Monday, September 14, 2020

Nature Medicine: Seasonal Coronavirus Protective Immunity Is Short-Lasting


While there are a great many unknowns surrounding our COVID-19 pandemic - and what will happen this fall and winter - arguably the biggest centers on the duration of post-infection (or post-vaccination) immunity to SARS-CoV-2 infection. 

The initial assumption - at least promulgated publicly - was once you've recovered from COVID-19, you'd carry long-term, and hopefully, life-time immunity.  

This reassurance made `herd immunity' - either via natural infection or the deployment of a vaccine - an achievable goal.  Once we'd reached some (undetermined) percentage of community immunity, the pandemic would end and life would return to normal. 

The `fly in this ointment' was - while there are indeed many viral infections which leave behind long-lasting immunity - it is far from being universally true.  And we'd seen some limited evidence in the past suggesting that coronaviruses might be exceptions to the rule. 

In Fenner and White's Medical Virology (Fifth Edition - 2017),, the authors describe the clinical features of seasonal human coronaviruses (hCoVs) in Chapter 31:
The typical coronavirus “common cold” is mild and the virus remains localized to the epithelium of the upper respiratory tract and elicits a poor immune response, hence the high rate of reinfection. There is no cross-immunity between human coronavirus-229E and human coronavirus-OC43, and it is likely that new strains are continually arising by mutation selection.
Perhaps more on point, in 2016's EID Journal: Antibody Response & Disease Severity In HCW MERS Survivors, we looked at a study that tested 9 Health care workers who were infected during the 2014 Jeddah outbreak (2 severe pneumonia, 3 milder pneumonia, 1 URTI, and 3 asymptomatic), that found only those with severe pneumonia still carried detectable levels of antibodies 18 months later.
Those who experienced a milder pneumonia had shorter lived antibody responses (1 out to 10 months, 2 out to 3 months), while the URTI and asymptomatic cases tested negative at 3 months post infection.
All of which made the revelation in late February of a suspected - but far from proven - reinfection of a COVID-19 case in Japan at least plausible (see Osaka Japan: `Recovered' Patient Tests Positive For COVID-19).   At the time, I wrote:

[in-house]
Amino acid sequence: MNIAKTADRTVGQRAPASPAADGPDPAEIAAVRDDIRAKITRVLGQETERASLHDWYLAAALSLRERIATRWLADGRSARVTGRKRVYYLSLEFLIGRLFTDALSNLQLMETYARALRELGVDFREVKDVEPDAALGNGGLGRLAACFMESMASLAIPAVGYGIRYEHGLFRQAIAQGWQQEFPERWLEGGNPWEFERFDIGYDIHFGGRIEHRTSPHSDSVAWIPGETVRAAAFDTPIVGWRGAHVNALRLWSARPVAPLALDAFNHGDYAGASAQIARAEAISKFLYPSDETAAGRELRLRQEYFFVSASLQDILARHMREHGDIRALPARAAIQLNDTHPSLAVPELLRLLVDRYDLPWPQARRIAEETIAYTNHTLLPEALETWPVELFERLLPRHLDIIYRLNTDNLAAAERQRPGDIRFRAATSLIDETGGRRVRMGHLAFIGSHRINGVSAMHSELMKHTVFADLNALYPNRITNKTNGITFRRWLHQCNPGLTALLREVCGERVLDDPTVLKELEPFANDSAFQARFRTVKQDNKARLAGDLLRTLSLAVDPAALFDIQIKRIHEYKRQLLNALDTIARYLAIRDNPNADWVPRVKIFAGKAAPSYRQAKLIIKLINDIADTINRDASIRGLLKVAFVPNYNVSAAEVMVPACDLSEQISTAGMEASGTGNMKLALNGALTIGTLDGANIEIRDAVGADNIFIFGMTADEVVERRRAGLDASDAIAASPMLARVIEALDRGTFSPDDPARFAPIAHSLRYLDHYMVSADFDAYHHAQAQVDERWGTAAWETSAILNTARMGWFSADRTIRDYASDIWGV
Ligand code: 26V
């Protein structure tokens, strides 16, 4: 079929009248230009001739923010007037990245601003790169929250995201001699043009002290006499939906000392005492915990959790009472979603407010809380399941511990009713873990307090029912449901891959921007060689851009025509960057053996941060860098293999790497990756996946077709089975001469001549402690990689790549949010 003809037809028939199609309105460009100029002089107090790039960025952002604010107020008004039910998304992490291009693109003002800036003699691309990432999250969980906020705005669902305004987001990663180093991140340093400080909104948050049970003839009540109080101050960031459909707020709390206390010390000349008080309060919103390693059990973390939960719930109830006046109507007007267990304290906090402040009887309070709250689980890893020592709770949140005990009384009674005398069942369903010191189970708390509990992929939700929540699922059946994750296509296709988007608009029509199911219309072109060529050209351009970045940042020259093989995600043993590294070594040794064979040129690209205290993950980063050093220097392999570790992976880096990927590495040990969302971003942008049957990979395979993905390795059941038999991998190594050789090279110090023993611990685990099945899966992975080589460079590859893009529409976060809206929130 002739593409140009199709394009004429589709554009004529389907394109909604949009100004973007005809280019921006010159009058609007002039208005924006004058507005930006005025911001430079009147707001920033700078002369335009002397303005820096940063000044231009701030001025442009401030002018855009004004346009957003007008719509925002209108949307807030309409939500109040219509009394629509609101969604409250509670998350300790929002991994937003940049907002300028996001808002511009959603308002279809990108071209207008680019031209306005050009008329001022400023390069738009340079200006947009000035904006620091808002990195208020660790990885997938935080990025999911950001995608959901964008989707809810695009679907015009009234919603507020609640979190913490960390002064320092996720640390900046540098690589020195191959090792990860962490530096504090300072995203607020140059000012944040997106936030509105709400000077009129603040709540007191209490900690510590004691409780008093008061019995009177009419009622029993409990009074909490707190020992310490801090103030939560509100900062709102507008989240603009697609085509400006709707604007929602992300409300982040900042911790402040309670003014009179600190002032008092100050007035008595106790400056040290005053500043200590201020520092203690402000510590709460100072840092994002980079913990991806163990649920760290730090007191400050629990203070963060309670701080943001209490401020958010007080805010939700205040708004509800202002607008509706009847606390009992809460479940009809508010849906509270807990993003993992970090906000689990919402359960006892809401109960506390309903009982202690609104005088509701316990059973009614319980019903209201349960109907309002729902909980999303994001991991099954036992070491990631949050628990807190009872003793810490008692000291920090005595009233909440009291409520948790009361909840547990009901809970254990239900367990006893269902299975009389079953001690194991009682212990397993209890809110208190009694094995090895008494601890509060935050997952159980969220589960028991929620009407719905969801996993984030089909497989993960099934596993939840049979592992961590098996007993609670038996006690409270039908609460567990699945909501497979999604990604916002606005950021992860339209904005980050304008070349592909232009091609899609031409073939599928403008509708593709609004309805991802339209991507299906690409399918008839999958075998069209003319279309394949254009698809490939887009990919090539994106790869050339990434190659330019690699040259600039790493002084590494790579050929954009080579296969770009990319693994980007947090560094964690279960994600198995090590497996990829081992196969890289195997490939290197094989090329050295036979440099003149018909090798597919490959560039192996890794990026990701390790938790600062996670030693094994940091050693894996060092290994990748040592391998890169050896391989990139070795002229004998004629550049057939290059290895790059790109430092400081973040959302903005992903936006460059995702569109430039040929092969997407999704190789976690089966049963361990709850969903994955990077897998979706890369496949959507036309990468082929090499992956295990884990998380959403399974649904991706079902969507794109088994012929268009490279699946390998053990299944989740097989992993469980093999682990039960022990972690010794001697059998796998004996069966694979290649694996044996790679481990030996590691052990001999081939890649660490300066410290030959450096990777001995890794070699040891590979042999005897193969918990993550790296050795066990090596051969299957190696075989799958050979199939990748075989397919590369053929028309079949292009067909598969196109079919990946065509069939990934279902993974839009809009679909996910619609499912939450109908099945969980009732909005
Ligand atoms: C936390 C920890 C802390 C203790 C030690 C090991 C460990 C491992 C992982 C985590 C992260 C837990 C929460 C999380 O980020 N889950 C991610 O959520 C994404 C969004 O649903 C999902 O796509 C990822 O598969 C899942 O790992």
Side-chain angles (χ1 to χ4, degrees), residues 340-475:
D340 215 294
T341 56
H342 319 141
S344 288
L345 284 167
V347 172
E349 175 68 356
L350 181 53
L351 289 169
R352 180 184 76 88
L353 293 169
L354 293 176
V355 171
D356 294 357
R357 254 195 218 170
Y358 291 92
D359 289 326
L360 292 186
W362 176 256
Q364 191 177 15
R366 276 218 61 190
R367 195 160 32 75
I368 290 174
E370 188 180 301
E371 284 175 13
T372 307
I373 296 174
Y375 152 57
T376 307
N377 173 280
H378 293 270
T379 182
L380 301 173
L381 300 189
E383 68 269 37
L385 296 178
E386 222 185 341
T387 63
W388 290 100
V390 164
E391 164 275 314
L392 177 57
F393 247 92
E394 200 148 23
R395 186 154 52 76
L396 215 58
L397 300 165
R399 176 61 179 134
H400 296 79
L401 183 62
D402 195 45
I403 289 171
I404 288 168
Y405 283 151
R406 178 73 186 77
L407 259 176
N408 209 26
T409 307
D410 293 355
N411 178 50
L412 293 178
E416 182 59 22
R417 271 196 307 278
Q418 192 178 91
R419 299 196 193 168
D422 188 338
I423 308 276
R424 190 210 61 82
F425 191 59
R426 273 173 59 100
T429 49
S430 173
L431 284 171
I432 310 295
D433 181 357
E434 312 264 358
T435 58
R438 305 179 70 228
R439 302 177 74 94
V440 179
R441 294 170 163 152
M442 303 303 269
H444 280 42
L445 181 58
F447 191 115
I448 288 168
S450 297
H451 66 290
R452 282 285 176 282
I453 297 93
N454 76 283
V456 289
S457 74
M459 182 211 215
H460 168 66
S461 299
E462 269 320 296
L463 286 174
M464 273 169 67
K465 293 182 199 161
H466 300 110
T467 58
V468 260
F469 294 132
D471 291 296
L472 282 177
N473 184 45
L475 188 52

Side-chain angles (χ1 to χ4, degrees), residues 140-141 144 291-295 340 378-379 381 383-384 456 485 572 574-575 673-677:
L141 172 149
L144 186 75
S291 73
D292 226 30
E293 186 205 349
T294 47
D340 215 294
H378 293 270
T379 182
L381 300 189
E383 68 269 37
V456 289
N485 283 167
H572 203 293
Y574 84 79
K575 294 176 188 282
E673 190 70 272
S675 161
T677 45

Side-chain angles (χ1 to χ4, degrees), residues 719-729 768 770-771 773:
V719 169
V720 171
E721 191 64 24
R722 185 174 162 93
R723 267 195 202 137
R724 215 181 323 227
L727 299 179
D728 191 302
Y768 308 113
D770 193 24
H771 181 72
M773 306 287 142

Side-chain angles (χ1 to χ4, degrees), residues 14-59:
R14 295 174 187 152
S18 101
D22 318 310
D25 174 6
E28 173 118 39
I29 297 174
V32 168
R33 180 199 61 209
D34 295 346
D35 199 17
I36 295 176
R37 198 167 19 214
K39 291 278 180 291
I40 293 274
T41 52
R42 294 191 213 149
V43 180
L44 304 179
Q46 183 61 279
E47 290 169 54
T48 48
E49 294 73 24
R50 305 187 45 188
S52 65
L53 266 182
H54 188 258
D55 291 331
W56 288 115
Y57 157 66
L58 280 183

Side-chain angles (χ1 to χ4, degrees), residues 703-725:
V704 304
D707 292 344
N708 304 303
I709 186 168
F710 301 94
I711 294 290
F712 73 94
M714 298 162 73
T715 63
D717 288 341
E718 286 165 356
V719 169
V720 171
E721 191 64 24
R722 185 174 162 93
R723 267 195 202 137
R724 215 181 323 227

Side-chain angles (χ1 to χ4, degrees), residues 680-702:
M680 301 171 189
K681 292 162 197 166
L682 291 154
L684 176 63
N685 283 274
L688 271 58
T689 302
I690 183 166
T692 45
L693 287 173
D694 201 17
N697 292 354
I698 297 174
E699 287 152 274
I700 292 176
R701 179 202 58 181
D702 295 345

It isn't entirely clear whether this is a relapse, or if the patient may have been re-exposed to and reinfected by the virus, or if the tests used to clear her for discharge simply weren't sensitive enough to pick up a lingering, low grade, infection.

We would see a number of additional potential reinfections over the spring and summer, but it wouldn't be until mid-August that we saw a laboratory confirmed reinfection (see HKU Med Announces 1st Documented Reinfection With SARS-CoV-2) with the novel coronavirus. 

Within days, several more reinfections were confirmed around the globe (see Another SARS-COV-2 Reinfection Report To Ponder (Nevada, United States)). While a proof of concept, we still don't know how common reinfection with SARS-CoV-2 is, or - on average - long long immunity persists post-infection.  

Meanwhile, over the summer we saw a number of additional studies, and cautionary statements from public health agencies, on prolonged post-infection SARS-CoV-2 immunity. 

NEJM: Humoral Immune Response to SARS-CoV-2 in Iceland

EID Journal: Antibody Profiles According to Mild or Severe SARS-CoV-2 Infection

CDC Clarifies: Recovered COVID-19 Cases Are Not Necessarily Immune To Reinfection

Imperial College London: (REACT) SARS-CoV-2 Antibody Prevalence Study - England

Kings College: Longitudinal Evaluation & Decline of Antibody Responses in SARS-CoV-2 infection